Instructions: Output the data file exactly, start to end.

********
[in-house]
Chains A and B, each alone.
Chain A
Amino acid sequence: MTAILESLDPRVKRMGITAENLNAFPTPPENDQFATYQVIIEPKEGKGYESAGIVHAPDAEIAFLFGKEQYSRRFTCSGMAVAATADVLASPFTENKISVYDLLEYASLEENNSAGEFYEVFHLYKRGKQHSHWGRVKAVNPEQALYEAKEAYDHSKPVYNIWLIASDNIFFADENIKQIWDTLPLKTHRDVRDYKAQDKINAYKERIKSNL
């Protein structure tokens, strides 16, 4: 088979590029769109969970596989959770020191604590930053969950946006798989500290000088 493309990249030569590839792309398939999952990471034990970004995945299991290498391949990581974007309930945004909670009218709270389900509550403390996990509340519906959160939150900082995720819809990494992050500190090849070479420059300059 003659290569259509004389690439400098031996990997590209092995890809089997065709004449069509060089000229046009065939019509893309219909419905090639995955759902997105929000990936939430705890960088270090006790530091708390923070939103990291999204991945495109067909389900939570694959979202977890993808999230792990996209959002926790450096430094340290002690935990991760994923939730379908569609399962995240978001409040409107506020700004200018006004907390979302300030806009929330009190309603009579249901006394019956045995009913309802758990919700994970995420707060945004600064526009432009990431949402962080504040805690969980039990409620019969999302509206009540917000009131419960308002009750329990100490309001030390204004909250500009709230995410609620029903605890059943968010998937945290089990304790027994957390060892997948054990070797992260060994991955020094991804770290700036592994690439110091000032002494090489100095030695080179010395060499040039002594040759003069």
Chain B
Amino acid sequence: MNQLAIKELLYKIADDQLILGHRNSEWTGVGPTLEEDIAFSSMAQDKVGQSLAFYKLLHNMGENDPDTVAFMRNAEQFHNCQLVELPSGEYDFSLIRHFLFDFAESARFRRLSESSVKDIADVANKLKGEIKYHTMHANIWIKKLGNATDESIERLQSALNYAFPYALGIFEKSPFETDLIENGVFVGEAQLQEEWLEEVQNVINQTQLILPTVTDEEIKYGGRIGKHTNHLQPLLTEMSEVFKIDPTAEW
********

[in-house]
Chains A and B, each alone.
Chain A
Amino acid sequence: MTAILESLDPRVKRMGITAENLNAFPTPPENDQFATYQVIIEPKEGKGYESAGIVHAPDAEIAFLFGKEQYSRRFTCSGMAVAATADVLASPFTENKISVYDLLEYASLEENNSAGEFYEVFHLYKRGKQHSHWGRVKAVNPEQALYEAKEAYDHSKPVYNIWLIASDNIFFADENIKQIWDTLPLKTHRDVRDYKAQDKINAYKERIKSNL
């Protein structure tokens, strides 16, 4: 088979590029769109969970596989959770020191604590930053969950946006798989500290000088 493309990249030569590839792309398939999952990471034990970004995945299991290498391949990581974007309930945004909670009218709270389900509550403390996990509340519906959160939150900082995720819809990494992050500190090849070479420059300059 003659290569259509004389690439400098031996990997590209092995890809089997065709004449069509060089000229046009065939019509893309219909419905090639995955759902997105929000990936939430705890960088270090006790530091708390923070939103990291999204991945495109067909389900939570694959979202977890993808999230792990996209959002926790450096430094340290002690935990991760994923939730379908569609399962995240978001409040409107506020700004200018006004907390979302300030806009929330009190309603009579249901006394019956045995009913309802758990919700994970995420707060945004600064526009432009990431949402962080504040805690969980039990409620019969999302509206009540917000009131419960308002009750329990100490309001030390204004909250500009709230995410609620029903605890059943968010998937945290089990304790027994957390060892997948054990070797992260060994991955020094991804770290700036592994690439110091000032002494090489100095030695080179010395060499040039002594040759003069």
Chain B
Amino acid sequence: MNQLAIKELLYKIADDQLILGHRNSEWTGVGPTLEEDIAFSSMAQDKVGQSLAFYKLLHNMGENDPDTVAFMRNAEQFHNCQLVELPSGEYDFSLIRHFLFDFAESARFRRLSESSVKDIADVANKLKGEIKYHTMHANIWIKKLGNATDESIERLQSALNYAFPYALGIFEKSPFETDLIENGVFVGEAQLQEEWLEEVQNVINQTQLILPTVTDEEIKYGGRIGKHTNHLQPLLTEMSEVFKIDPTAEW